What if an anonymous and amorphous accusation of racist behavior, without details of specific words used or other details, is recklessly repeated without an opportunity for the accused person to confront the accuser or rebut unspecified facts? How should the ethical lawyer respond? Most lawyers, and most reasonable people, would expect that such a serious false accusation, or repeating such a false accusation, should surely be actionable in some manner.

Those who weaponize the accusation of racism for improper motives continue to make it harder for those who seek to eradicate racism where it truly exists.

Those who believe in the approach of an “eye for an eye” may seek retribution. Adherents of Stoicism might counsel a “grin and bear it” approach. Christians may counsel a “turn the other cheek” response. Others may rely on karma.

Delaware Cases

Relatedly, a Delaware Supreme Court decision found that a defamation claim based on a member of the legal profession falsely accusing a lawyer of being a racist was barred by the First Amendment guarantees of free speech and observed that “it is clear to us that Americans disagree about a long and growing list of things that to some are racist and to others are not.” Cousins v. Goodier, Del. Supr., No. 272, 2021, Slip op. at 28 (Aug. 16, 2022).

Delaware’s High Court referred to the evolving definition of racism and cited to the recently updated definition of the word in a leading dictionary that now includes systemic racism, id. at n. 103, while also noting that the term “racist” has been used so variously as to have been “drain[ed]…of its former, decidedly opprobrious meaning” and to now “fit comfortably within the immunity for name-calling.” Id. at n.104 (quoting Stevens v. Tillman, 855 F.2d 394, 402 (7th Cir. 1988)).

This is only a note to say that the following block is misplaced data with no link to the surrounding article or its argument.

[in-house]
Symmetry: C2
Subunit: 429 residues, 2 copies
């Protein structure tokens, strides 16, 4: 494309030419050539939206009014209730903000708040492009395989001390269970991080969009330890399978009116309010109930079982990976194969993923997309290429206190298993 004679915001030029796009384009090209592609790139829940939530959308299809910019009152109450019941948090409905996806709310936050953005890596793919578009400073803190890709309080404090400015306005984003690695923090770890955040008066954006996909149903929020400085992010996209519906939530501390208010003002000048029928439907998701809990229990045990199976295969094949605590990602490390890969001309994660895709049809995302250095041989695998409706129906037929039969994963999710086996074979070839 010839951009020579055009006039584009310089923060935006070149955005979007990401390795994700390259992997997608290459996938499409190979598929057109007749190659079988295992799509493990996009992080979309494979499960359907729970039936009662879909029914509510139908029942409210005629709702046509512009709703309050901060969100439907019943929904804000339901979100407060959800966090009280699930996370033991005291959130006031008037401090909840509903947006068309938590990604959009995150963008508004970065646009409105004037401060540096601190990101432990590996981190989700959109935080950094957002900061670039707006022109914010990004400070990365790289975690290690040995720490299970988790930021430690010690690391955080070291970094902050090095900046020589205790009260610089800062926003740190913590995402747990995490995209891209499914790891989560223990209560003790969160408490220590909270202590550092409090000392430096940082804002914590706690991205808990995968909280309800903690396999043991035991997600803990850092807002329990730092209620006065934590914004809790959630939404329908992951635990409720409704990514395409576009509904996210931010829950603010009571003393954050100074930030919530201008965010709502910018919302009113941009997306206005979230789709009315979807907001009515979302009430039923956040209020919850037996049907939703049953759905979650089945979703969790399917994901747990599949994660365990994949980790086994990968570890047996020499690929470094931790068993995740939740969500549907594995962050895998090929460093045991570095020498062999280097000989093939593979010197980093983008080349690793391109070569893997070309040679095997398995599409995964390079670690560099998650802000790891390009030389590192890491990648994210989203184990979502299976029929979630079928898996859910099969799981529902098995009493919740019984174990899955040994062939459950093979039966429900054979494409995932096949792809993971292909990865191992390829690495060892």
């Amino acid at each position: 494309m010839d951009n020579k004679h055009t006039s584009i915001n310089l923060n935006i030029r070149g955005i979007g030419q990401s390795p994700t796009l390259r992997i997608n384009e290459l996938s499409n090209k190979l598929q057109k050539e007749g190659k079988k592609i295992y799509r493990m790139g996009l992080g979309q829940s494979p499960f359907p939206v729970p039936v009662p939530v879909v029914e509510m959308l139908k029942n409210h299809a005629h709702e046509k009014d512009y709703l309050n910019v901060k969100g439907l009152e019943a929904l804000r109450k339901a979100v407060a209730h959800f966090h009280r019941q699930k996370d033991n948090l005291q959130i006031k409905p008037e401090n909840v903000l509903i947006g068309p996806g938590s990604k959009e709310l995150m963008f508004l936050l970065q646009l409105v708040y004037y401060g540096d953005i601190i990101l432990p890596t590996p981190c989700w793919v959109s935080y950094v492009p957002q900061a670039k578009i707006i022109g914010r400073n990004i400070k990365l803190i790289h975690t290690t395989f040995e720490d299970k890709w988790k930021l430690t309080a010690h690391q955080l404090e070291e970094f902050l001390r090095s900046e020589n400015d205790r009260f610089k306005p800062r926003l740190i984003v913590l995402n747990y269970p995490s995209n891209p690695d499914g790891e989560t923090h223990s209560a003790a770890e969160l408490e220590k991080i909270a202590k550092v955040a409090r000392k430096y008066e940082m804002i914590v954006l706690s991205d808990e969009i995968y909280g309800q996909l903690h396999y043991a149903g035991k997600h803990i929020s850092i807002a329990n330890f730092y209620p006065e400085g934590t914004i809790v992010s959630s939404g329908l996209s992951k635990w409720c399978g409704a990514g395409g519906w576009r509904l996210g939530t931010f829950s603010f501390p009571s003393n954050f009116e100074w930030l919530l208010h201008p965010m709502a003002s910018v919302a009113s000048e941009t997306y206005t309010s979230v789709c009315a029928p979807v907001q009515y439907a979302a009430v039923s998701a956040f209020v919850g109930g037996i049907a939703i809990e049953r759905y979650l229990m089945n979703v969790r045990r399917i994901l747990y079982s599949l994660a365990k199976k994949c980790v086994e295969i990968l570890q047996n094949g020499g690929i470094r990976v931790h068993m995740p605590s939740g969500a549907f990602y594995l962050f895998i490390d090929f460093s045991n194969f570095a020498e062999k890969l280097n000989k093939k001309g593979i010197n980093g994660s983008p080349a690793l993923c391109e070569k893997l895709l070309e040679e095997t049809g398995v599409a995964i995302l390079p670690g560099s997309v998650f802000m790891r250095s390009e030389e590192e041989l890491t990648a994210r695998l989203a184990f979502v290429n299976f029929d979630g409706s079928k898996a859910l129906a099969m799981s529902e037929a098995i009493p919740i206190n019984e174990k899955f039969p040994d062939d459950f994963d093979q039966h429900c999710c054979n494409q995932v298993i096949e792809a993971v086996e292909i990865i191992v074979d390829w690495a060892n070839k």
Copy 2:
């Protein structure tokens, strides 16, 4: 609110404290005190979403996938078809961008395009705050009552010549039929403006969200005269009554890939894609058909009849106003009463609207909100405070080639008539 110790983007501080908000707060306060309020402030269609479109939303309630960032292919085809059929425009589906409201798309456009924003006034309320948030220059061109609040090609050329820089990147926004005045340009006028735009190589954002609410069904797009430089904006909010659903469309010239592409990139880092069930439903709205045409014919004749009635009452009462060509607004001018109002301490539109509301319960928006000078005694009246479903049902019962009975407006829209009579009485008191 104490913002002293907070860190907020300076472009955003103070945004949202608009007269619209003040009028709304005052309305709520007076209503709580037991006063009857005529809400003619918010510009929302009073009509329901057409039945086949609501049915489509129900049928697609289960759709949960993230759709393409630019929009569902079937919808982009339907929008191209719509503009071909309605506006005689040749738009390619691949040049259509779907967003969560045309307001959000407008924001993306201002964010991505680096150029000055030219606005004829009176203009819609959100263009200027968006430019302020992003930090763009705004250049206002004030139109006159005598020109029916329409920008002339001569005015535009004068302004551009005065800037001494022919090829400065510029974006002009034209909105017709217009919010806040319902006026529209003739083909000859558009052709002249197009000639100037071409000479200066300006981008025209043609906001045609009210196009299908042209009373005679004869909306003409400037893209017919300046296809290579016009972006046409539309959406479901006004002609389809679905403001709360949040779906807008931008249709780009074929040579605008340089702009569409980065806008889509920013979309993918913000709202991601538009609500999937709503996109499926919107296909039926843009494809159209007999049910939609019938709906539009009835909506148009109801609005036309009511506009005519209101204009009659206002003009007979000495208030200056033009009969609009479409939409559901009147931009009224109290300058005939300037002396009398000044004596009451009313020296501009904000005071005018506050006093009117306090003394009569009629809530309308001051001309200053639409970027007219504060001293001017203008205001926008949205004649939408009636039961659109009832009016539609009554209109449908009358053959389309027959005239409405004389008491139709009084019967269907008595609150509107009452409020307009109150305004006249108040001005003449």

When an accusation is made by an unidentified person, options may be limited. In 2005, the Delaware Supreme Court reasoned in Doe v. Cahill that only in certain circumstances can one force the disclosure of the identity of an anonymous online accuser.

An activist affiliated with Harvard Law School has described Christianity as a religion guilty of systemic racism, just as many have described our criminal justice system. So what do those charges mean for Christians or those who play key roles in the criminal justice system?

ABA Opinion

The American Bar Association (ABA) Model Rules of Professional Conduct do not provide clear direction on the titular issue. In 2021, the ABA issued a formal opinion on the related topic of whether, and how, to respond to online criticism. See Standing Committee on Ethics and Professional Responsibility, Formal Opinion 496 “Responding to Online Criticism,” American Bar Association (Jan. 13, 2021).

This opinion speaks directly to lawyers faced with online attacks. The opinion focuses on the Model Rules of Professional Conduct that advise lawyers how to respond to their client, former clients, opposing counsel, and opposing counsel’s clients. The ABA recommends that in these scenarios, the lawyer either not respond to the negative posts, respond by asking the person who is posting to allow for a private discussion offline, or respond by stating that professional obligations do not permit the attorney to respond. The committee noted that any response to the negative review or comment may be counterproductive.

In sum, there is no panacea for dealing with false accusations, especially anonymous ones. One goal is not to react in a manner that would run afoul of the aphorism that two wrongs don’t make a right. Although revenge might best be served cold, a Chinese saying provides that a person who seeks revenge should dig two graves: one for the person against whom revenge is sought and one for the person seeking revenge. Life is not fair.